The St. Joseph Family Center provides basic supportive services to low-income families in Venice, Santa Monica, Mar Vista, and adjacent neighborhoods in Los Angeles. These services include a food pantry, emergency shelter, educational and tutoring programs, employment services, and counseling and case management. Most Family Center clients are recent immigrants.
The St. Joseph Family Center Needs Assessment identifies service priorities and needs of Family Center clients. The goal of the Needs Assessment is to provide information that will assist Family Center staff in improving and expanding programs that help families achieve economic self-sufficiency.
The major findings of the Needs Assessment and recommendations are summarized below:
- Most clients subsist on incomes below the poverty level despite being part of the workforce.
- Most clients have only a grade school education and lack English proficiency. These skill deficits prevent most workers from significantly increasing their earnings.
- Despite the economic hardships in their lives, most clients accept their living conditions and are hopeful about the future.
- Continue placing high priority on providing Food Pantry services, and focus ongoing attention on increasing referrals from food services to other Family Center programs.
- Forty-one percent of clients are undocumented, preventing them from accessing most public services.
- The disparity between the level of need for immigration services and the actual level of utilization suggests that the manner in which this service is delivered should be re-examined. An alternative service delivery model might be to hold an evening workshop once a month with a Spanish-speaking immigration attorney to provide information about current immigration regulations and answer questions from clients. Any changes in service delivery format should be reviewed with clients prior to implementation.
- Housing costs consume nearly half the income of the average client, yet most live in overcrowded conditions with more than two persons per room.
- Long-term housing trends on the Westside may make affordable housing even scarcer for clients in the future.
- Continue working with clients to help them find affordable housing. Keep track of indicators of “housing stress” and inform clients of available assistance. The Family Center should continue providing case management services for transitional housing programs and collaborate with other agencies providing these programs in the Service Area.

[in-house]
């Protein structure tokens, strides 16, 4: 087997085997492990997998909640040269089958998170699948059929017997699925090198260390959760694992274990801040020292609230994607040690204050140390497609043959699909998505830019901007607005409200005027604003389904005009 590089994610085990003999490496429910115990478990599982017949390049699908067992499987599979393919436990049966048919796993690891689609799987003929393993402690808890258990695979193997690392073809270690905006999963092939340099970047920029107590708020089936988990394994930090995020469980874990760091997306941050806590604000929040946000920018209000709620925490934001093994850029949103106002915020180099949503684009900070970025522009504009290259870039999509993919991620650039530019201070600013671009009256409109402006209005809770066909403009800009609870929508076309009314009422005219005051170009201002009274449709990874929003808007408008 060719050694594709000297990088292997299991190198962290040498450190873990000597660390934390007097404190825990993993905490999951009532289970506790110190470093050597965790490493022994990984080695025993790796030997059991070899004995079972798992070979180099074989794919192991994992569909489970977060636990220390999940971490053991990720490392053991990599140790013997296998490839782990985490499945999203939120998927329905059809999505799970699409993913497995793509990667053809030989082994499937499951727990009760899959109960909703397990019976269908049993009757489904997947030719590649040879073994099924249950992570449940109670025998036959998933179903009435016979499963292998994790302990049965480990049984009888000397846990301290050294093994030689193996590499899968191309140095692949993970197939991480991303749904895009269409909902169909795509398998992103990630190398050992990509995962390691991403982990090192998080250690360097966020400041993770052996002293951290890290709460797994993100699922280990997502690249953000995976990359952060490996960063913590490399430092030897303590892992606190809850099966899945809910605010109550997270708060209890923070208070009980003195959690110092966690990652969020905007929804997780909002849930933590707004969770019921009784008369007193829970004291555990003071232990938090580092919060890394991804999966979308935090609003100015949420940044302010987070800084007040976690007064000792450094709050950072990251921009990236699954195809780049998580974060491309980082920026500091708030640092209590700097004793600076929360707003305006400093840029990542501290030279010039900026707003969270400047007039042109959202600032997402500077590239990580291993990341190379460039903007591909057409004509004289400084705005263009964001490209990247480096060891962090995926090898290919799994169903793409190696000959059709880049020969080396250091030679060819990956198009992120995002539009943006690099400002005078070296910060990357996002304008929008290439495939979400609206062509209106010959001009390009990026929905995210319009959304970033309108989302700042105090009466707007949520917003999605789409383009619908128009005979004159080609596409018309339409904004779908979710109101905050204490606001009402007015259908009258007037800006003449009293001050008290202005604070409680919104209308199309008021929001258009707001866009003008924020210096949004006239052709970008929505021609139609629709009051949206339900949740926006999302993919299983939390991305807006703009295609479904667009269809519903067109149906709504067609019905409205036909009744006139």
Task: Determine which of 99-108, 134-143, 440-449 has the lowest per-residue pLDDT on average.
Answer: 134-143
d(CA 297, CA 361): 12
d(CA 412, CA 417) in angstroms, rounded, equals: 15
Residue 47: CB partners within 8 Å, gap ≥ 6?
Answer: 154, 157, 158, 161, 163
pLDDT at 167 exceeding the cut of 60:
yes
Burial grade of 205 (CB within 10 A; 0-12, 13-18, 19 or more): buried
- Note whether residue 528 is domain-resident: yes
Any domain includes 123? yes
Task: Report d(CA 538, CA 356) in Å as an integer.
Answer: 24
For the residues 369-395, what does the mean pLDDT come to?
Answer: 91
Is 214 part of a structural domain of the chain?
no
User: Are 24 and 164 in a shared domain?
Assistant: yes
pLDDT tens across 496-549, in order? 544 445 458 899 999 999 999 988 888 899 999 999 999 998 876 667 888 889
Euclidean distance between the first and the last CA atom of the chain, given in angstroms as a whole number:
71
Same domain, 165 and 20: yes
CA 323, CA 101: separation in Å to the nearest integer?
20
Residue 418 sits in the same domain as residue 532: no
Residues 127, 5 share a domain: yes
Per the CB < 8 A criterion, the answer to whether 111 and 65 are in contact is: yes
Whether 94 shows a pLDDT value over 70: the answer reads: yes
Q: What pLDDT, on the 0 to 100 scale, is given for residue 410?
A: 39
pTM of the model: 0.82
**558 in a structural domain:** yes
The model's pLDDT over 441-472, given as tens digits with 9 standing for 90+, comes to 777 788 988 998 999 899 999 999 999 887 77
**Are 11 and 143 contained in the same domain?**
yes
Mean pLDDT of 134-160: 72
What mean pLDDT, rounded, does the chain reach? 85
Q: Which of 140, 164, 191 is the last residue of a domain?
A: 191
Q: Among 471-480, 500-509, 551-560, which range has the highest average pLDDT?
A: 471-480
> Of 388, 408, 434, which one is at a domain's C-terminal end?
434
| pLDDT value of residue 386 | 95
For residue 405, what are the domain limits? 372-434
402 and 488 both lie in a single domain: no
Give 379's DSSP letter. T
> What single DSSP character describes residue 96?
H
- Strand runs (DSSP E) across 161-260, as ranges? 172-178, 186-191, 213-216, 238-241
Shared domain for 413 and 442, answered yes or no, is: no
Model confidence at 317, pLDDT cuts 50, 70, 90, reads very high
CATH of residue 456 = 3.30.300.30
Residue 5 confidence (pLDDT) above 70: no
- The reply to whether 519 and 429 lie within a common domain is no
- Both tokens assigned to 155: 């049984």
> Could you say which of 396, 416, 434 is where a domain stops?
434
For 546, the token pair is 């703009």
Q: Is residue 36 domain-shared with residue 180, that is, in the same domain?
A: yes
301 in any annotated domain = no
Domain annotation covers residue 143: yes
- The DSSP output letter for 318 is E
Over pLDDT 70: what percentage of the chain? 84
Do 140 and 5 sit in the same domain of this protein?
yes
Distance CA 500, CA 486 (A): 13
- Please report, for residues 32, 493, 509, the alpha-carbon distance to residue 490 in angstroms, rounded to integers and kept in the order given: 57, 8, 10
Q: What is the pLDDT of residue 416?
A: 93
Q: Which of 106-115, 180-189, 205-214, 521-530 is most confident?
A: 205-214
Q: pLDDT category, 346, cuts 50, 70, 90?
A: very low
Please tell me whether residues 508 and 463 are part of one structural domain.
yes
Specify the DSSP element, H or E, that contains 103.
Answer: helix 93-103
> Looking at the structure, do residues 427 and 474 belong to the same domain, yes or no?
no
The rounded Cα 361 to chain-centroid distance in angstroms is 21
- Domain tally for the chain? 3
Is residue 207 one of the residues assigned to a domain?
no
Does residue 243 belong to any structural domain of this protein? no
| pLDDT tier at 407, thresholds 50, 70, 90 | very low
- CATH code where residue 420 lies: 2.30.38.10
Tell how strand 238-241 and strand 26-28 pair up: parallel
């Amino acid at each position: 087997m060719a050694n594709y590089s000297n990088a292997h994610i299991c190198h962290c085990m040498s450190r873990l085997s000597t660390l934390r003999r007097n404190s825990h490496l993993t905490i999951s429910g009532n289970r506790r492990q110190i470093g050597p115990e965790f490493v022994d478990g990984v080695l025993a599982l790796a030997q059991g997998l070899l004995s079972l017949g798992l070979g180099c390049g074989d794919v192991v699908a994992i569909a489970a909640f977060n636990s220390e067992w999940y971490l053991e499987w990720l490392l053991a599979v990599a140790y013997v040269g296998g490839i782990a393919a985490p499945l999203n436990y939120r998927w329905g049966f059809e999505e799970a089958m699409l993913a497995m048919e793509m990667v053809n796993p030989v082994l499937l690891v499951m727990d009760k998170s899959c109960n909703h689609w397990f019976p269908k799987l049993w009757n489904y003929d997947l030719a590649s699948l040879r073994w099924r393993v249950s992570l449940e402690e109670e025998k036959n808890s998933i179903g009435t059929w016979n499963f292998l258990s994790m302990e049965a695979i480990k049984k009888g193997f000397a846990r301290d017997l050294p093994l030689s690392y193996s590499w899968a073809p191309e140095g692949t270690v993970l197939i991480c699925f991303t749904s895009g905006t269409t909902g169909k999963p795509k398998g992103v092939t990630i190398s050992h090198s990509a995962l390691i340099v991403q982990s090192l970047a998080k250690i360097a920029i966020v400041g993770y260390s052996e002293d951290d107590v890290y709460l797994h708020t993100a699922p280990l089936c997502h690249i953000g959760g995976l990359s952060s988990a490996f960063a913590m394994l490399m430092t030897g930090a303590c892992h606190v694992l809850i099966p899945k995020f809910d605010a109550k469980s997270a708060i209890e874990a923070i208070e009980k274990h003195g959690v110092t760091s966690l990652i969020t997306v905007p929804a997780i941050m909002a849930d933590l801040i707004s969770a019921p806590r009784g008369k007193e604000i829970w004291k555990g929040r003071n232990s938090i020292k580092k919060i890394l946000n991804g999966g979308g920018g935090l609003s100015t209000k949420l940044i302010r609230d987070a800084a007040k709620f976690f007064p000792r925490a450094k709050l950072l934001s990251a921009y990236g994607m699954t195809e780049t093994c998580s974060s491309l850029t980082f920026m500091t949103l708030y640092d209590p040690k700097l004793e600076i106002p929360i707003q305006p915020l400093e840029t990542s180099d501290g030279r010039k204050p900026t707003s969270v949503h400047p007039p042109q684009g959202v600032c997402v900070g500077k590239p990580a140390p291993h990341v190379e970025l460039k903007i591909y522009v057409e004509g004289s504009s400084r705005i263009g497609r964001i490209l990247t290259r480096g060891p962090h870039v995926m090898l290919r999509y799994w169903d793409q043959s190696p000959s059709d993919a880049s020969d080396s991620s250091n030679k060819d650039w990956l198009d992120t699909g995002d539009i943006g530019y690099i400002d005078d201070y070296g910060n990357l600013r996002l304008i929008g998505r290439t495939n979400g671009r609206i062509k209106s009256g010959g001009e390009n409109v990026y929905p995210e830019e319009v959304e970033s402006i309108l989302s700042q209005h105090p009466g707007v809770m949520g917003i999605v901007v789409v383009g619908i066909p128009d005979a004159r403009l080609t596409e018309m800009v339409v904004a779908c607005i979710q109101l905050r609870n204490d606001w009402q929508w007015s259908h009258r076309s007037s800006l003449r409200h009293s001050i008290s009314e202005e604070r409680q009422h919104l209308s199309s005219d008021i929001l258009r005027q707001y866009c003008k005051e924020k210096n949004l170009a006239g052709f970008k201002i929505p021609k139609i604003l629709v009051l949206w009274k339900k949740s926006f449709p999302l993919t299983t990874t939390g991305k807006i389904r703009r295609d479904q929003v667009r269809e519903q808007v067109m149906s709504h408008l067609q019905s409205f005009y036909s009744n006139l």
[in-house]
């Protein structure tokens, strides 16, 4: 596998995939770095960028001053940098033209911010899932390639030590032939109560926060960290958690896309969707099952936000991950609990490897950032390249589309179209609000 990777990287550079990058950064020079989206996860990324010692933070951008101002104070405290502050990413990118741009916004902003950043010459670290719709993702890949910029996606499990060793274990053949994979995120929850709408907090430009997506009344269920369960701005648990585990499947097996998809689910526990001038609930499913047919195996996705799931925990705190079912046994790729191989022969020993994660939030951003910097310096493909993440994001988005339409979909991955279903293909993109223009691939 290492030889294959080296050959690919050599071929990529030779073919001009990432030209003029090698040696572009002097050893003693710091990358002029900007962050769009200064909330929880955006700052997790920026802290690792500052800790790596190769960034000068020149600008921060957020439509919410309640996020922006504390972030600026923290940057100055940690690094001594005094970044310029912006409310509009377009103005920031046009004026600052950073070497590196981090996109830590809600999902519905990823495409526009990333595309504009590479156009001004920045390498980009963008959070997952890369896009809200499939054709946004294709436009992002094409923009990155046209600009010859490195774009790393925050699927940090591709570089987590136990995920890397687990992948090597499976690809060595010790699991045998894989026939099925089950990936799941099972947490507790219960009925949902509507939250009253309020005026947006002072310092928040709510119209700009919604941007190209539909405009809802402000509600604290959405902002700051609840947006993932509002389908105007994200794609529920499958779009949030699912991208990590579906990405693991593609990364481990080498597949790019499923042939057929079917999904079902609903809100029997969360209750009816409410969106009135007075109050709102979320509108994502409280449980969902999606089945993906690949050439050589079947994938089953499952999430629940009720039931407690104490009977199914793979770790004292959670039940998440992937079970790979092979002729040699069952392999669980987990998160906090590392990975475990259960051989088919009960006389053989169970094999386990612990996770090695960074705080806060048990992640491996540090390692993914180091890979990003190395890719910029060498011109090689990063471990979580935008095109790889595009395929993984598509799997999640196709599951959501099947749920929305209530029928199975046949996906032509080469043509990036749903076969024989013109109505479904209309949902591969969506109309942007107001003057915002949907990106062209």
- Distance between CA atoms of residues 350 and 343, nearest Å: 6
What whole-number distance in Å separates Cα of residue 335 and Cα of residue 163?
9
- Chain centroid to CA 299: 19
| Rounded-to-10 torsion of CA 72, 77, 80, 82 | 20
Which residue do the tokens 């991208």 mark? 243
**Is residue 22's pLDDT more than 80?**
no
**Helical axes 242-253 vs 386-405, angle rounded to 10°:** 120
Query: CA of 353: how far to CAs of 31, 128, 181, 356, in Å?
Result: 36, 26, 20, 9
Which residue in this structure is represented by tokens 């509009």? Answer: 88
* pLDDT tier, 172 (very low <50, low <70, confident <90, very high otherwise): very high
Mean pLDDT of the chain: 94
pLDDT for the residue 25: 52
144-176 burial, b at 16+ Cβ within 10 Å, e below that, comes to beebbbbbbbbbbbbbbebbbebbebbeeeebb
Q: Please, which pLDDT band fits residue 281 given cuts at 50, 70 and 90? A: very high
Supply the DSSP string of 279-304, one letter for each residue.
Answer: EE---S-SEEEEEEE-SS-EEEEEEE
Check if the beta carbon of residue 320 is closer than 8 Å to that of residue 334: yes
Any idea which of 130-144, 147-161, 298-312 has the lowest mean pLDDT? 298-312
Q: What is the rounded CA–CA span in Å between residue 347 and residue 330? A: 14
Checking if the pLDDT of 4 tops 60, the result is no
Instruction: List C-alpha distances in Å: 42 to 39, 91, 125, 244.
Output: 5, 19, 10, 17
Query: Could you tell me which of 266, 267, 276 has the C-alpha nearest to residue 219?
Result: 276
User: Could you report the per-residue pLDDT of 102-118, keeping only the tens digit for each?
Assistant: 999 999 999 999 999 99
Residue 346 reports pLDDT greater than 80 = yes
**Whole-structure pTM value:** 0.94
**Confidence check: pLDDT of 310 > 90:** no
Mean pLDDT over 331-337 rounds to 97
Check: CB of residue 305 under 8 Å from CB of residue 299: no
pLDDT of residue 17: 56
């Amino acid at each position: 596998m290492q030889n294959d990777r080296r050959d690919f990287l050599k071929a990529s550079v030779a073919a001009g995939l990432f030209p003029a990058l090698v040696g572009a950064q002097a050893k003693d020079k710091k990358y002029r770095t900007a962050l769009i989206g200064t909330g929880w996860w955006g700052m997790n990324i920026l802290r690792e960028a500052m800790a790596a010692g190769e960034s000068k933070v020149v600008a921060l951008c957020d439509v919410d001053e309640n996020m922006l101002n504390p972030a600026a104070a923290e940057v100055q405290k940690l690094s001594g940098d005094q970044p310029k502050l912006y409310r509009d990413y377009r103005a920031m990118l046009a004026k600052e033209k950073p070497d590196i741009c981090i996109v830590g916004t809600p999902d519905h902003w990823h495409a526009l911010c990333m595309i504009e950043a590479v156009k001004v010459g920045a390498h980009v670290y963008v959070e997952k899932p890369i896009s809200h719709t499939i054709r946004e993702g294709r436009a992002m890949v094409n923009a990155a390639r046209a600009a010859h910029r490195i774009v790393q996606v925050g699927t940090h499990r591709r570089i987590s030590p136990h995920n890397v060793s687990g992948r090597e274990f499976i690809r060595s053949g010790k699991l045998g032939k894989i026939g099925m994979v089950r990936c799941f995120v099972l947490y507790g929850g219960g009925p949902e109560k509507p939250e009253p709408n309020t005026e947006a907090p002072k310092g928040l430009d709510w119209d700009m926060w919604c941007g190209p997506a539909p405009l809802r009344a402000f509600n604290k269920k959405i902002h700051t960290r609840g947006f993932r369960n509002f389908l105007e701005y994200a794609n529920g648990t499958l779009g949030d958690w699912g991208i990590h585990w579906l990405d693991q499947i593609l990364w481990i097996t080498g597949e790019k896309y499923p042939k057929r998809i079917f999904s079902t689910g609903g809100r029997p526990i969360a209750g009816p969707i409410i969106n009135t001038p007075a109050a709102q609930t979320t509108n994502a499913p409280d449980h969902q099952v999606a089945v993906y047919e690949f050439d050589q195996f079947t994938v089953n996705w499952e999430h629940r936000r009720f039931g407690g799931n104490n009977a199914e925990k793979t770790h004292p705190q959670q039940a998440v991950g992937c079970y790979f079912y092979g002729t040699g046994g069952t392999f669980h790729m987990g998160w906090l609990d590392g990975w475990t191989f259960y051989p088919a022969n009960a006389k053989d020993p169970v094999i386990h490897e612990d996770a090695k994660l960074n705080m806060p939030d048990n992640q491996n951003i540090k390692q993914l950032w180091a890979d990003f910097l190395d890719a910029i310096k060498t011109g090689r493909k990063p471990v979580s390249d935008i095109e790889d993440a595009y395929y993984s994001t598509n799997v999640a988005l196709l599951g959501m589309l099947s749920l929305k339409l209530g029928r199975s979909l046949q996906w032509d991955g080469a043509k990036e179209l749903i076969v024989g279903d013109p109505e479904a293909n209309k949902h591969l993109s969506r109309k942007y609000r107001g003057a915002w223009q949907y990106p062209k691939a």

Unmet Needs of Families
- There are distinctly different patterns of service need and use among different segments of the client population, with Latino families and senior citizens making up the two largest client groups.
- Latino families place a high priority on services related to basic survival, education, employment, and immigration, yet find themselves in a survival mode and mainly make use of food assistance. Absence of childcare services appears to be an obstacle to utilizing services related to education and career advancement.
- Seniors place highest priority on food assistance and health care services and, like all other families, make greatest use of the Family Center’s food assistance program.
- Expand the provision of childcare in connection with other services, such as job assistance, English-language classes, high school classes, and vocational training. Consider working with other agencies to provide short-term “drop-in” childcare services to help parents take advantage of other supportive services (such as high school classes, English language classes, and vocational training programs).
- Continue offering English language classes at the Family Center in the daytime. For clients who need to take classes at night or on weekends, assist them in finding English-language classes offered at local high schools or colleges.
- Explore the feasibility of working with clients and local high schools to increase participation in high school classes or GED programs, and provide childcare while parents are enrolled.
- Assist Family Center clients in becoming child care service providers for other client who are employed, and provide technical assistance to improve the quality of family child care services.
- Continue to use the Food Pantry as a gateway for other programs, including education and tutoring programs, immigration assistance, translation services, job search assistance, and assistance in obtaining public benefit.
Under-Served Areas and Populations
- Residents of the City of Inglewood and Lennox, and African-American families are underrepresented among Family Center clients. This may indicate that there are unmet service needs that should be addressed through new outreach efforts and possibly a satellite facility in the Inglewood/Lennox area.
Increase access Family Center services by establishing a satellite center in the Mar Vista area (e.g. along Washington Blvd). Also, collaborate with churches, schools, and public agencies in the Inglewood/Lennox area to provide services to people living in these under-served communities.
- Profile of Survey Responses
- Barriers to Good Jobs
- Priorities for Acheiving Self-Suffiency
- Employment and Education
- Survey Comments
- Focus Group Issues